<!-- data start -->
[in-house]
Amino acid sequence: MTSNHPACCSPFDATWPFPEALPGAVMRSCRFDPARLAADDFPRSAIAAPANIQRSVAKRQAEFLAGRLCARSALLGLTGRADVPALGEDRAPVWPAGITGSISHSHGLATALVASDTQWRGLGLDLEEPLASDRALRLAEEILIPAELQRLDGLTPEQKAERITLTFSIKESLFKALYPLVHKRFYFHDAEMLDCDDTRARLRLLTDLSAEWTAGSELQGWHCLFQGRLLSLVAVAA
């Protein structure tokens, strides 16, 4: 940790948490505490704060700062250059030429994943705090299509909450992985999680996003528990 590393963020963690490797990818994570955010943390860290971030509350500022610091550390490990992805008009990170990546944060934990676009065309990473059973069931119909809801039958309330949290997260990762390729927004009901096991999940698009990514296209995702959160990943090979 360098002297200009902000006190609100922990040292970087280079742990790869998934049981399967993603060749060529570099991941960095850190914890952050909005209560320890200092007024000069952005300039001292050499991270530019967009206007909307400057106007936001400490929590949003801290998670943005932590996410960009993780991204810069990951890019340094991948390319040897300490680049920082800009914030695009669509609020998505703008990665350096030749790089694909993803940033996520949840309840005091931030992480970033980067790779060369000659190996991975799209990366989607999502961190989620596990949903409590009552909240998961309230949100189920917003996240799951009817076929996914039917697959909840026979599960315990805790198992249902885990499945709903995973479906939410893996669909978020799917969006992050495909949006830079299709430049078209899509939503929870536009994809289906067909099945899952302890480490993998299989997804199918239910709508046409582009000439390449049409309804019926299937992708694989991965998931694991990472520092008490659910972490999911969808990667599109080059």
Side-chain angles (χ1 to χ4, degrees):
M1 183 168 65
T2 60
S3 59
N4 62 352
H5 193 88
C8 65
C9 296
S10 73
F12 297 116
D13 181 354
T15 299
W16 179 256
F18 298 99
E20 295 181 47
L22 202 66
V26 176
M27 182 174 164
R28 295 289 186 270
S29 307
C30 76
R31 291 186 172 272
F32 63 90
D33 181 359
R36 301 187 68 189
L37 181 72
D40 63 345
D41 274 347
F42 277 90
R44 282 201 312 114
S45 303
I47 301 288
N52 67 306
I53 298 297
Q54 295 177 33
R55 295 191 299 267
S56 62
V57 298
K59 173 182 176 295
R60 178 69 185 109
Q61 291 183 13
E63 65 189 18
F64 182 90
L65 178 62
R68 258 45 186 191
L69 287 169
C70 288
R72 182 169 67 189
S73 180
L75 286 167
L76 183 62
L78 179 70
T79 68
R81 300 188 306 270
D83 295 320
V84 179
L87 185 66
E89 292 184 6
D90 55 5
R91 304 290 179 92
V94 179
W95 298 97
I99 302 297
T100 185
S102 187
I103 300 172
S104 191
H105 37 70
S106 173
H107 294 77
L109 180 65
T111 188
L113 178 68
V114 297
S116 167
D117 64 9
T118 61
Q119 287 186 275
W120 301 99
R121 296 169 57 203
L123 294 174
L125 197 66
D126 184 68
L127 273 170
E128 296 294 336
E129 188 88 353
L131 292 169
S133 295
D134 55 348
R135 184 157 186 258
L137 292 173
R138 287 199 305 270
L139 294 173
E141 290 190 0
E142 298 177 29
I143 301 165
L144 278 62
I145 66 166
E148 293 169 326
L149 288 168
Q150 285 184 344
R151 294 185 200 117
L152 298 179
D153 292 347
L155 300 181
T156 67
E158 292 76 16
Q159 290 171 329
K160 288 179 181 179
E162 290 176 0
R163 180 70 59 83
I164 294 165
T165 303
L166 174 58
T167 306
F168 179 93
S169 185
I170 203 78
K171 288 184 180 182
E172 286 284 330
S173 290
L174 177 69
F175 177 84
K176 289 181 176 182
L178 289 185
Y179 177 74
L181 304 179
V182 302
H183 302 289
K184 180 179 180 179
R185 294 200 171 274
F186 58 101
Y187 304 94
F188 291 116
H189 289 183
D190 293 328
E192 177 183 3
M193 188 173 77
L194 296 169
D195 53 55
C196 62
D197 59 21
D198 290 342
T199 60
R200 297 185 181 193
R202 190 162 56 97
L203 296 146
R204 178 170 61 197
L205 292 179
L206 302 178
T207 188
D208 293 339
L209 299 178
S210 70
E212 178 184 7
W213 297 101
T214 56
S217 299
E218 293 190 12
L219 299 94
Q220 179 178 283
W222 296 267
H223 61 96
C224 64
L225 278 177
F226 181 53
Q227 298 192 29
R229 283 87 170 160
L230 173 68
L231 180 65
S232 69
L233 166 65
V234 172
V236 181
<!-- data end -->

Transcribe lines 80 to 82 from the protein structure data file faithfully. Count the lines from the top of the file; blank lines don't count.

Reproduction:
T118 61
Q119 287 186 275
W120 301 99